In many ways, the life of Jesus Christ is an example of the best and the worst that can happen. He, indeed, was an elevated being and this was purposeful to make him larger than life in order to leave others in awe, inspire them to follow his teachings, and to be an influence that could turn the tide going forward to help save humanity from the interlopers—that was his life mission and it is the life mission of each and every person hearing these words. Every person on the Earth comes down to serve the light as best they can. Some are better equipped for it than others. Many have such a huge karmic backlog they spend all their time and energy fighting their own inner difficulties, tendencies, and weaknesses, whether victim in life after life or perpetrator, or a mix of both.
The life of Jesus Christ was not perfect in every moment but was close to perfection. The idea of karma being suspended was divine grace to help favor the success of his mission so he was not facing a double penalty of fighting the darkness on the one hand, as his primary mission, and then having to fight his own inner demons, the karmic backlog of unhealed prior lifetime circumstances that could be a major impediment and represent a significant handicap in the bargain, as is true for the average person. People who incarnate incur life after life of woundings, karmic liabilities that grow because in very few lifetimes has there been opportunity for any significant healing to take place. You have simply not been shown how to do it effectively, so the karmic backlog and karmic debts pile up and make each new incarnation a greater challenge than before. This is hardly the optimum circumstance to be a warrior for the light in fighting major evil abroad in the land, but we cannot play favorites in a fair contest here, and that is the challenge you face, to see: “Can you prevail in a contest between good and evil, working on the side of the divine even when you yourselves have been wounded grievously and carry many liabilities from that past history?”
The reality of Christ’s persona was that he had lived lives previously and done acts of bravery and given great assistance to the divine. This set him up automatically to be a target of the interlopers. They see every person’s past history in the akashic records; they know who, therefore, is someone who is special in some way and someone who is more ordinary, and those who are special are given a severe series of interventions to sideline them, to keep them limited, and often by stirring up their prior karma. So to keep Christ’s karma off-limits was a deliberate strategy to make him less of a perceptible threat from the outset and to keep him focused on his primary mission, and not worrying about having health problems or relationship issues and earning a living, and so on, that can be troubled because of prior karma bringing about issues that arise and hinder a person as a karmic penalty.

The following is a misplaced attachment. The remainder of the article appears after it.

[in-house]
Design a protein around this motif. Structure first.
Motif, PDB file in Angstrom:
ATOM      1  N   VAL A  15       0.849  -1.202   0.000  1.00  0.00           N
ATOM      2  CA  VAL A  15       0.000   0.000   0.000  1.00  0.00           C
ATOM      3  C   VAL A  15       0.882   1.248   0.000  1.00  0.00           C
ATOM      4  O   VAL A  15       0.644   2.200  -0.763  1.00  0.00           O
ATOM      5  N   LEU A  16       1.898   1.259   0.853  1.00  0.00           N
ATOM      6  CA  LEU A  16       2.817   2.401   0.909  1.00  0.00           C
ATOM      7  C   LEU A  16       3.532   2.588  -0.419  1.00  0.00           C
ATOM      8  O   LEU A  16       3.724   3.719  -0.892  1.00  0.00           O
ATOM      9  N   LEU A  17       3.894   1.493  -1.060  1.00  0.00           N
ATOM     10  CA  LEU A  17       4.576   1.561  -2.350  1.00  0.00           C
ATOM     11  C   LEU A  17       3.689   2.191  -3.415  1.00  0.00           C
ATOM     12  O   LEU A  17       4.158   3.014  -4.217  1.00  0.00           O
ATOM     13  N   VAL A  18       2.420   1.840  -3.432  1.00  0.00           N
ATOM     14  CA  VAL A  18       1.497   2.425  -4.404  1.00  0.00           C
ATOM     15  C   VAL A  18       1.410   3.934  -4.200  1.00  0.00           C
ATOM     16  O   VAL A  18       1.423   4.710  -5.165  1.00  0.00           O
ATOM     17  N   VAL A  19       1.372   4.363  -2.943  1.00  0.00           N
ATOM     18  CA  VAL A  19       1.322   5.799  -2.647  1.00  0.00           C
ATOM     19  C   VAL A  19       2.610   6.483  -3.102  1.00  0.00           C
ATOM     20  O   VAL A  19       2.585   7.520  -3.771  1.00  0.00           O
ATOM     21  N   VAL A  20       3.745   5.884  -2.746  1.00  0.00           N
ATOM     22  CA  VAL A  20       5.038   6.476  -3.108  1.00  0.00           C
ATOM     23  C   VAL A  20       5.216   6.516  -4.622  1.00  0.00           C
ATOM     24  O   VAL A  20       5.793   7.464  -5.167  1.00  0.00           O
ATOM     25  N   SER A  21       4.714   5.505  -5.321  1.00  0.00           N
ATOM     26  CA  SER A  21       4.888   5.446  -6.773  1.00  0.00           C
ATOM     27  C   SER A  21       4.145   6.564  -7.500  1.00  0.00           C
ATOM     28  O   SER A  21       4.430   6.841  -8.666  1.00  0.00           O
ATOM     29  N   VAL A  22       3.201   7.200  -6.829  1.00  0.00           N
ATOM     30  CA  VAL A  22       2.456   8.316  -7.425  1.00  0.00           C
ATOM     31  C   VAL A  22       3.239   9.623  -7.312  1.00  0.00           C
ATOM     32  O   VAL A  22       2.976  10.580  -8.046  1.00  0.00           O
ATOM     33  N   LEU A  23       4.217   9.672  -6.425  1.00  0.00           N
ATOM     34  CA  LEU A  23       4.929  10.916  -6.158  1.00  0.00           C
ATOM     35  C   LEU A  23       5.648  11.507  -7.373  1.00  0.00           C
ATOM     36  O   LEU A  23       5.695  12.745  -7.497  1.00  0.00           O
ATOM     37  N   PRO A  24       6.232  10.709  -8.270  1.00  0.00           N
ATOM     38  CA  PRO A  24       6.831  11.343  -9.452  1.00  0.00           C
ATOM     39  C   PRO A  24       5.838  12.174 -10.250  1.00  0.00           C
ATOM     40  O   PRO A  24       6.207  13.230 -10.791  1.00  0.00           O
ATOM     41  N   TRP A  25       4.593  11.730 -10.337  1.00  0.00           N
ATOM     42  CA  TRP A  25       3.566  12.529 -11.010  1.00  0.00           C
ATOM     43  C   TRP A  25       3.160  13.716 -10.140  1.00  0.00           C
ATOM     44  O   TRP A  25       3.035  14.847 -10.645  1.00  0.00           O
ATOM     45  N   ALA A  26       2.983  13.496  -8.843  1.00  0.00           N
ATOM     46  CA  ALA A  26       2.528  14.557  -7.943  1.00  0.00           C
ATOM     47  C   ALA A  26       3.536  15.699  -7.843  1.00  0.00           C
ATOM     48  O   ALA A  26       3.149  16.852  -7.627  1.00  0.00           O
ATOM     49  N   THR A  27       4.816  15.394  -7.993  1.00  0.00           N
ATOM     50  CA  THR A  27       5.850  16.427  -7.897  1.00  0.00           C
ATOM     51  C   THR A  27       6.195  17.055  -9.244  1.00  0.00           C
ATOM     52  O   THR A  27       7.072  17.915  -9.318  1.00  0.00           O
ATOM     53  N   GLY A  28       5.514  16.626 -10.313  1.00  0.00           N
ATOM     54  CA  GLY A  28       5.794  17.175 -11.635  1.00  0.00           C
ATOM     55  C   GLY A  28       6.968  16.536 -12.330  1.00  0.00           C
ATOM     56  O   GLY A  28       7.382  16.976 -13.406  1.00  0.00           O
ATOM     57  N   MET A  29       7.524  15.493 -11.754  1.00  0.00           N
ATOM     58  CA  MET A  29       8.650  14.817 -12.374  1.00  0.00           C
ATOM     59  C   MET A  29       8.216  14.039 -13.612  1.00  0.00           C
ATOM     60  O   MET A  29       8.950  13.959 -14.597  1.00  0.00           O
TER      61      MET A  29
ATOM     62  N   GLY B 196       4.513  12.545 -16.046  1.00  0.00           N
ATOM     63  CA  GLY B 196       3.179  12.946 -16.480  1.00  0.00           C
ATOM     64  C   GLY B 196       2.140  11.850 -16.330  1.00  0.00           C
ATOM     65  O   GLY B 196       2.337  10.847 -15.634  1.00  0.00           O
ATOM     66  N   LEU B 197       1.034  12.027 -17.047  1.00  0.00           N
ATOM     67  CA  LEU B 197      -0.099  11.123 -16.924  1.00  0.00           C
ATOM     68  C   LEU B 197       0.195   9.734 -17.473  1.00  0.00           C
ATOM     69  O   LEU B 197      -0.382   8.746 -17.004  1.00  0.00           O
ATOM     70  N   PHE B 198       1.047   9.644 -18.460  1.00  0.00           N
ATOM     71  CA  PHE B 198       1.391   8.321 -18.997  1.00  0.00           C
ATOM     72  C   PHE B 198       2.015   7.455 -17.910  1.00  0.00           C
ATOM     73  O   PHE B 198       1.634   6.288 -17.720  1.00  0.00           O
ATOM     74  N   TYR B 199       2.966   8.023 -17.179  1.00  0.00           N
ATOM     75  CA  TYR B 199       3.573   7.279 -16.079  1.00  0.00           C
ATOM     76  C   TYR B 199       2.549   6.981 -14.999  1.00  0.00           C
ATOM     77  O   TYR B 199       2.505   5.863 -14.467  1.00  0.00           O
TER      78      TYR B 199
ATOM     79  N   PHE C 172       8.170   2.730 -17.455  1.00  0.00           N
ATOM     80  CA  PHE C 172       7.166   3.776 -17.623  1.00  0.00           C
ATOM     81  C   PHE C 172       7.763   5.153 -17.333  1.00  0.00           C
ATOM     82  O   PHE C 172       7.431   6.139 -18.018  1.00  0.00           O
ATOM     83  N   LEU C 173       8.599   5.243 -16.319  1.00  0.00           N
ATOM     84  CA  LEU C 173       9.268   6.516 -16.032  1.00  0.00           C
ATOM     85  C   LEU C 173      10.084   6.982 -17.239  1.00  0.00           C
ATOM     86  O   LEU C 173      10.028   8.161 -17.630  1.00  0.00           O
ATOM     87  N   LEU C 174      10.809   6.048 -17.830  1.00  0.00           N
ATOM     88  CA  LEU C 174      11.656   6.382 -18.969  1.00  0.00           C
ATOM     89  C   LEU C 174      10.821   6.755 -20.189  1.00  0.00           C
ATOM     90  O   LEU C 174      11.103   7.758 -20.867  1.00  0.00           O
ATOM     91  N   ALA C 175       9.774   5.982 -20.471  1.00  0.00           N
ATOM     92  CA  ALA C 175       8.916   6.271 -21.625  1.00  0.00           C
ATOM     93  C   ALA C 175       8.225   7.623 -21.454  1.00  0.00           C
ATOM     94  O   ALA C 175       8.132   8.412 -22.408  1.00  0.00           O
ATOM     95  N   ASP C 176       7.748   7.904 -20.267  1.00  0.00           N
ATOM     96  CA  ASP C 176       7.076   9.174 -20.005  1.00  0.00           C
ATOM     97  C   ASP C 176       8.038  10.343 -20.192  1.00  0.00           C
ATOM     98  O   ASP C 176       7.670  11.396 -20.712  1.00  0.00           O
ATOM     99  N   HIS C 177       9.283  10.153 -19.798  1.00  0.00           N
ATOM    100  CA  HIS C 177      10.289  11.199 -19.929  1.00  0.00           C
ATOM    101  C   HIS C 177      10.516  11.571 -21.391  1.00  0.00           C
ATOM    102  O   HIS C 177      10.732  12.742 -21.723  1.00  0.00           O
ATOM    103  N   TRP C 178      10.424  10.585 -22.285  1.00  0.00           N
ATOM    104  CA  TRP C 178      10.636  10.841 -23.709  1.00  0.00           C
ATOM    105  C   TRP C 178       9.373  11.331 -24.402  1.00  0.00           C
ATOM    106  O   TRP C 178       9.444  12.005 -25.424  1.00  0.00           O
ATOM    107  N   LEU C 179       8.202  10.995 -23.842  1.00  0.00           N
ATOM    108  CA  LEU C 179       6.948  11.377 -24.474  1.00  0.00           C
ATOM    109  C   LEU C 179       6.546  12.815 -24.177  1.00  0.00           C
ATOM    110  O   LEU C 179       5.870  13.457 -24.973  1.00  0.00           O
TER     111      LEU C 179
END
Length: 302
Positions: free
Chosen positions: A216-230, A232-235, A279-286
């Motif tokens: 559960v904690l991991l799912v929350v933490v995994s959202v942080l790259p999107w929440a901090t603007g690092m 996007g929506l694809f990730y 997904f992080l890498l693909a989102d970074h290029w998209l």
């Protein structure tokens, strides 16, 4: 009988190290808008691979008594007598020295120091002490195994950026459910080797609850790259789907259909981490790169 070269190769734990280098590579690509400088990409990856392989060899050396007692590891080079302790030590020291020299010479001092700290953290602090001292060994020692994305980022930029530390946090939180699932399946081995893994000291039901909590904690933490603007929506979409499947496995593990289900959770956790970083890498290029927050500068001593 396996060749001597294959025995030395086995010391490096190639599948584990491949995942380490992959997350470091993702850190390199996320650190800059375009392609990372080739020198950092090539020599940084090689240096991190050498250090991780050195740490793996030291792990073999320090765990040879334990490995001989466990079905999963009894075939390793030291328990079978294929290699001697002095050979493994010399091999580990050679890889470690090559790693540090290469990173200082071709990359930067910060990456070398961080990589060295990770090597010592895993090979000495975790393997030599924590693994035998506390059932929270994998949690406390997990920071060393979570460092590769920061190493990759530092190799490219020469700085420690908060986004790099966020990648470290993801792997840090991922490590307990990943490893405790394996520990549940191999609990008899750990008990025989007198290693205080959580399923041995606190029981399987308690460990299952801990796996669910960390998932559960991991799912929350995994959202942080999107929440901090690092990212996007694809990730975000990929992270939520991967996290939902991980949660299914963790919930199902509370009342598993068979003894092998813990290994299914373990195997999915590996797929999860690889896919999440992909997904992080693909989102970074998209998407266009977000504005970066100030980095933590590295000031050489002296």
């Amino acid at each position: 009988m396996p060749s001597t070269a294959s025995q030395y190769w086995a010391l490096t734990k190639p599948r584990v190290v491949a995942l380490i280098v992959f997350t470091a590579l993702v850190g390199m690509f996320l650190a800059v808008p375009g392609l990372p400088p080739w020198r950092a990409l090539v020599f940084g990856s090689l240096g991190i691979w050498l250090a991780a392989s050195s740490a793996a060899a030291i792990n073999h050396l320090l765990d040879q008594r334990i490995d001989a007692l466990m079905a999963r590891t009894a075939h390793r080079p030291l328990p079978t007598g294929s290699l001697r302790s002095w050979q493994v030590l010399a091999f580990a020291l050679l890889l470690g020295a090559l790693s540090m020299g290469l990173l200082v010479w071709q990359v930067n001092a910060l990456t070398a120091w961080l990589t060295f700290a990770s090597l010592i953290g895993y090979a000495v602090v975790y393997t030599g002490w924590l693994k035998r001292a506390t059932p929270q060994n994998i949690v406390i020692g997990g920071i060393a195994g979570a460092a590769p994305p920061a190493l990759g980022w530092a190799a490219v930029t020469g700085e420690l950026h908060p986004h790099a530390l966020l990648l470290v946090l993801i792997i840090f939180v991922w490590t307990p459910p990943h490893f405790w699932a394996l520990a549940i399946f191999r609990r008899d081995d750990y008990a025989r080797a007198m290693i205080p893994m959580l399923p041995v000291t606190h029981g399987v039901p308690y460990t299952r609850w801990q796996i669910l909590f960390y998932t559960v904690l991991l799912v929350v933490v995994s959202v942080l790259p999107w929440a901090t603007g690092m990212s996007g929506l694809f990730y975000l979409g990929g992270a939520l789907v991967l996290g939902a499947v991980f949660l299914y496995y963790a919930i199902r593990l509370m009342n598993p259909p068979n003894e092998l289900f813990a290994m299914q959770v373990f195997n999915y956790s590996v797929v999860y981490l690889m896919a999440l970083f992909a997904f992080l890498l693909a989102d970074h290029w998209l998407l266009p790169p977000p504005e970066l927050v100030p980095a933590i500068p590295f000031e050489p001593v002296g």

Jesus Christ certainly became an iconic figure. The interlopers see this as a kind of inside joke because they promoted the use of the cross as a symbol of Christ’s suffering as a reminder and a kind of warning and discouragement for any would-be followers to make so prominent a display of what could happen to them in seeing their beloved leader nailed to a cross and murdered in a most grievous fashion. The fact that this was produced by interlopers and not desired by Jesus Christ himself, nor created by him in deliberately breaking the law in an egregious fashion to become a true criminal, he was, in that sense, an innocent victim. In the eyes of the state, he was, in fact, a political criminal, if anything. It was primarily the fact people admired him and he had a following that his enemies found intolerable. So his very success in arousing the passions of fellow humans and bringing out the goodness in them and uplifting them and inspiring them so magnificently was his undoing, because the interlopers saw that as a threat to their power and control over humanity. They want people living in fear, not living in joy and looking beyond their level to something greater. Even though they do not believe in God and see it solely as human folklore and a kind of folly, it nonetheless irks them that their great power and superiority is not, in a sense, worshiped as the ultimate in success, as they believe. Their worlds are based on power and the hierarchy of those who control it through harsh and cruel means; they live lives in a way opposite to being divine and seek to make victims of every human being.